Intention Experiment: Use Your Thoughts to Change the World

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9780007194599: Intention Experiment: Use Your Thoughts to Change the World

Ever wondered if your intentions, prayers or wishes have a real, calculable effect on the world? Here, from Lynne McTaggart, groundbreaking author of `The Field', comes riveting accounts of scientific investigations and real case histories with evidence that we are all connected and our intentions can be harnessed as a collective force for good.For the last 40 years renegade scientists, experimenting with the limits of quantum physics, have made seemingly impossible discoveries. 1966: a lie-detector expert accidentally discovers that plants can read thoughts. 1982: meditating Buddhist monks in the Himalayas turn their bodies into a human furnace. 1994: a psychologist's experiments reveal a stream of light flowing from healers during healing.These events form part of an extraordinary scientific story and revolutionary discovery - that thought is a thing that affects other things.In The Intention Experiment, Lynne McTaggart, author of the international bestseller The Field, joins forces with a team of international, renowned scientists to test the effects of focused group intention on scientifically quantifiable targets - animal, plant and human.The Intention Experiment is a truly revolutionary book that invites you, the reader, to take part in the greatest intention experiment in history. The results of McTaggart's 'global laboratory' started with the focused intention that made a geranium leaf glow to evidence to show that group intention is powerful enough to affect targets more than 5000 miles away and may even affect global warming.These remarkable results prove human thought and intention has the power to focus our lives, heal our illnesses, clean up our communities and improve the planet. This book also shows you how to harness that power to make changes in your own life.

Les informations fournies dans la section « Synopsis » peuvent faire référence à une autre édition de ce titre.

About the Author :

Lynne McTaggart is author of `The Field' and `What Doctors Don't Tell You' and is founder of the successful newsletter of that name. She is well known to the media and a popular lecturer, bridging the alternative health and mind, body, spirit camps. Her Living the Field conferences have attracted thousands.

Excerpt. © Reprinted by permission. All rights reserved. :

PREFACE

This book represents a piece of unfinished business that began in 2001 when I published a book called The Field. In the course of trying to find a scientific explanation for homeopathy and spiritual healing, I had inadvertently uncovered the makings of a new science.

During my research, I stumbled across a band of frontier scientists who had spent many years reexamining quantum physics and its extraordinary implications. Some had resurrected certain equations regarded as superfluous in standard quantum physics. These equations, which stood for the Zero Point Field, concerned the extraordinary quantum field generated by the endless passing back and forth of energy between all subatomic particles. The existence of the Field implies that all matter in the universe is connected on the subatomic level through a constant dance of quantum energy exchange.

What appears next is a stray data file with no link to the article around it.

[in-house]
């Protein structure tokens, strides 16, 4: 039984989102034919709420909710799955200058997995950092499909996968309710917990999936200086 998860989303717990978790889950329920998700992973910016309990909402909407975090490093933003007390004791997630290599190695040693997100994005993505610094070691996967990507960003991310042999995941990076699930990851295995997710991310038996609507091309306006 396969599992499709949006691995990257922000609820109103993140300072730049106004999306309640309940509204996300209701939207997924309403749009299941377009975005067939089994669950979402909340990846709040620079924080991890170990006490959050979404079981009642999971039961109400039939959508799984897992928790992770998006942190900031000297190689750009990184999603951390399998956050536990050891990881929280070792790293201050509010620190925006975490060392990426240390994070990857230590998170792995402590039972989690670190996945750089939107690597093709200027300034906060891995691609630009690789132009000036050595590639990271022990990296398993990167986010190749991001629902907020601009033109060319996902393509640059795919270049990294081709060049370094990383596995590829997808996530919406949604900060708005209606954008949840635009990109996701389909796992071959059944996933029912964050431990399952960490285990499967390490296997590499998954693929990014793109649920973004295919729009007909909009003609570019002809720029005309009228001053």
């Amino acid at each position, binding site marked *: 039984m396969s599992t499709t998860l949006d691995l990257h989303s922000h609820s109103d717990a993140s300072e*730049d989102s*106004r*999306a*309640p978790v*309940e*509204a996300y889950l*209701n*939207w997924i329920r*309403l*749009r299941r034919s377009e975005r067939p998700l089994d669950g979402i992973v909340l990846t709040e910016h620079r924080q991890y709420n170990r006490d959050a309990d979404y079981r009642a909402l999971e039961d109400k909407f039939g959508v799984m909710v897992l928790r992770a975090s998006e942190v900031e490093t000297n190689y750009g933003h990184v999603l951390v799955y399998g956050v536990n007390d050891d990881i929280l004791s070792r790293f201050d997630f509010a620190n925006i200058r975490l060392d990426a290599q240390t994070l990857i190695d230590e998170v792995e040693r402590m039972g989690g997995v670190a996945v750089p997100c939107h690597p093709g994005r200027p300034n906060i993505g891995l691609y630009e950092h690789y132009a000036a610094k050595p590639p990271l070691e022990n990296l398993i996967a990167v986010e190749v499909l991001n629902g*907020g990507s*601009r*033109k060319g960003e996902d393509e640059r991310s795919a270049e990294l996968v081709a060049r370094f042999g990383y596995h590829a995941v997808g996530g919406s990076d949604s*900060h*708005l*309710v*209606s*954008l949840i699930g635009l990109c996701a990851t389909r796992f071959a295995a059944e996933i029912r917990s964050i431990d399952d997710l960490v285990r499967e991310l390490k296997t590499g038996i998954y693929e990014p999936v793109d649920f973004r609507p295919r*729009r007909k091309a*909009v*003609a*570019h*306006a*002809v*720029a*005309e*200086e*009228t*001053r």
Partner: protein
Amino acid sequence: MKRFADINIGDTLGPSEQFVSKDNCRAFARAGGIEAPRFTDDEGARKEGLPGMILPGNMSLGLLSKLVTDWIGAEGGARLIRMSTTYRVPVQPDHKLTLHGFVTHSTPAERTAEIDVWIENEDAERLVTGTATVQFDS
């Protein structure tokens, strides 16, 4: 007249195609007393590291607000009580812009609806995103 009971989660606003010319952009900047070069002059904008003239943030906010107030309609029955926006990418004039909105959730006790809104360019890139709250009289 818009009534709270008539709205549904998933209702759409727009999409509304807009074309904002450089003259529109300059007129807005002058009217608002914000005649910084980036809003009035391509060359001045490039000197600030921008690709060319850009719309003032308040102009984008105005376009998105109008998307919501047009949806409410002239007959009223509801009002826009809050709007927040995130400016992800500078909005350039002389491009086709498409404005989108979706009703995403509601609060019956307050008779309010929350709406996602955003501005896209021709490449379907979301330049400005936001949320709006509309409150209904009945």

Other evidence demonstrated that, on the most basic level, each one of us is also a packet of pulsating energy constantly interacting with this vast energy sea.

But the most heretical evidence of all concerned the role of consciousness. The well-designed experiments conducted by these scientists suggested that consciousness is a substance outside the confines of our bodies -- a highly ordered energy with the capacity to change physical matter. Directing thoughts at a target seemed capable of altering machines, cells, and, indeed, entire multicelled organisms like human beings. This mind-over-matter power even seemed to traverse time and space.

In The Field I aimed to make sense of all the ideas resulting from these disparate experiments and to synthesize them into one generalized theory. The Field created a picture of an interconnected universe and a scientific explanation for many of the most profound human mysteries, from alternative medicine and spiritual healing to extrasensory perception and the collective unconscious.

The Field apparently hit a nerve. I received hundreds of letters from readers who told me that the book had changed their lives. A writer wanted to depict me as a character in her novel. Two composers wrote musical compositions inspired by it, one of which played on the international stage. I was featured in a movie, What the Bleep!? Down the Rabbit Hole, and on the What The Bleep Do We Know!? Calendar, released by the film's producers. Quotations from The Field became the centerpiece of a printed Christmas card.

However gratifying this reaction, I felt that my own journey of discovery had hardly left the station platform. The scientific evidence I had amassed for The Field suggested something extraordinary and even disturbing: directed thought had some sort of central participatory role in creating reality.

Targeting your thoughts -- or what scientists ponderously refer to as "intention" and "intentionality" -- appeared to produce an energy potent enough to change physical reality. A simple thought seemed to have the power to change our world.

After writing The Field, I puzzled over the extent of this power and the numerous questions it raised. How, for instance, could I translate what had been confirmed in the laboratory for use in the world that I lived in? Could I stand in the middle of a railroad and, Superman-style, stop the 9:45 Metroliner with my thoughts? Could I fly myself up to fix my roof with a bit of directed thought? Would it now be possible to cross doctors and healers off my list of essential contacts, seeing as I might now be able to think myself well? Could I help my children pass their math tests just by thinking about it? If linear time and three-dimensional space didn't really exist, could I go back and erase all those moments in my life that had left me with lasting regret? And could my one puny bit of mental input do anything to change the vast catalog of suffering on the planet?